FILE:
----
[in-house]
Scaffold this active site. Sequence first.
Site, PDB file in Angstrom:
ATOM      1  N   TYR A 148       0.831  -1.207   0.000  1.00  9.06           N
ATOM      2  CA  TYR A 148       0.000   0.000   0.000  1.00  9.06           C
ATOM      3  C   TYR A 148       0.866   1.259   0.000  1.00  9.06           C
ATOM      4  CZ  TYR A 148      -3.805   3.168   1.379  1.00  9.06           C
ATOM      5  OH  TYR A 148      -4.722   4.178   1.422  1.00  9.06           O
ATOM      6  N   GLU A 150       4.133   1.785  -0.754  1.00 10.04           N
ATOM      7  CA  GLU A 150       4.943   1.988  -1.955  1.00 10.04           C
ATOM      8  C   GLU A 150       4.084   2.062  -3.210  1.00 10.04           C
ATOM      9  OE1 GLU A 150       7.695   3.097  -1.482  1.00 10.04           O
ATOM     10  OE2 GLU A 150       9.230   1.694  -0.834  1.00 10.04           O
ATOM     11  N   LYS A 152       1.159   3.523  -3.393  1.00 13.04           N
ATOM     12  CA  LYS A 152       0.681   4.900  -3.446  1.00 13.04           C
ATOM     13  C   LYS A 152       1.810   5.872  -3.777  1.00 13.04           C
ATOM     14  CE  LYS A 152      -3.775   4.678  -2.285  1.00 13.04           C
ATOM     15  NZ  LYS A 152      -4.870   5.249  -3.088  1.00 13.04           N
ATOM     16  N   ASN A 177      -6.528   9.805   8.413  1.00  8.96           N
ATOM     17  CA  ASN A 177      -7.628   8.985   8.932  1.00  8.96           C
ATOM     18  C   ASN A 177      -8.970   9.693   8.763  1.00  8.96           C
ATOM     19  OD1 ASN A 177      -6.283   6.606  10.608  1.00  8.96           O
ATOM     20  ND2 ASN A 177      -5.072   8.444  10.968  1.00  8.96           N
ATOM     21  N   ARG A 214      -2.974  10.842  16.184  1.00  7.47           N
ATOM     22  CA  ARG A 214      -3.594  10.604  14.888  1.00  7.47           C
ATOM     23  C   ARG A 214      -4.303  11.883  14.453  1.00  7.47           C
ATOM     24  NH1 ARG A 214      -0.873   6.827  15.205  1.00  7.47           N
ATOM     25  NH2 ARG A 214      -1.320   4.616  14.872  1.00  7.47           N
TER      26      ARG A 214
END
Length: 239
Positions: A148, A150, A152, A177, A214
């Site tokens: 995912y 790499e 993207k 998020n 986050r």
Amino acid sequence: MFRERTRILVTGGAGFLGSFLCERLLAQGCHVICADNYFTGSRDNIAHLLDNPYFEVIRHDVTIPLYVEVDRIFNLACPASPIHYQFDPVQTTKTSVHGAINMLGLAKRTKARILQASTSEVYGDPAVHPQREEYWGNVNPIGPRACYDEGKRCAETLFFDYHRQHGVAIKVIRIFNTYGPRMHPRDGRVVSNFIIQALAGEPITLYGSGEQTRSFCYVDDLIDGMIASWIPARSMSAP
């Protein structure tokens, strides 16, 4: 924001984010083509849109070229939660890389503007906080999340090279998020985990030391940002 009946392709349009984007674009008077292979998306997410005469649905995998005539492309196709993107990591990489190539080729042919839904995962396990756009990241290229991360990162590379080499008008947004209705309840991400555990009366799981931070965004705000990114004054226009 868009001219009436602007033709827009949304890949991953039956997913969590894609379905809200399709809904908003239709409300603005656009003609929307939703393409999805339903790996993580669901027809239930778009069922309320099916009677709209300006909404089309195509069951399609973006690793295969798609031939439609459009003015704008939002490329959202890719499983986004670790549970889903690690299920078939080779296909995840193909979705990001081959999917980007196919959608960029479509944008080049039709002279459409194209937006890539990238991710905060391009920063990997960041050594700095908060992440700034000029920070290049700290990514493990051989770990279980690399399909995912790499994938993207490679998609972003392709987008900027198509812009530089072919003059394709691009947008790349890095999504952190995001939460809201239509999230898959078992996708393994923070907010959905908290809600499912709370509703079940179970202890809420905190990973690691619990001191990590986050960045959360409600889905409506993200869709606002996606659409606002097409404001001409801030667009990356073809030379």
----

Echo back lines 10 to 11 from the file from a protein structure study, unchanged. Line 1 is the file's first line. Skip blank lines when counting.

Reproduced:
ATOM      7  CA  GLU A 150       4.943   1.988  -1.955  1.00 10.04           C
ATOM      8  C   GLU A 150       4.084   2.062  -3.210  1.00 10.04           C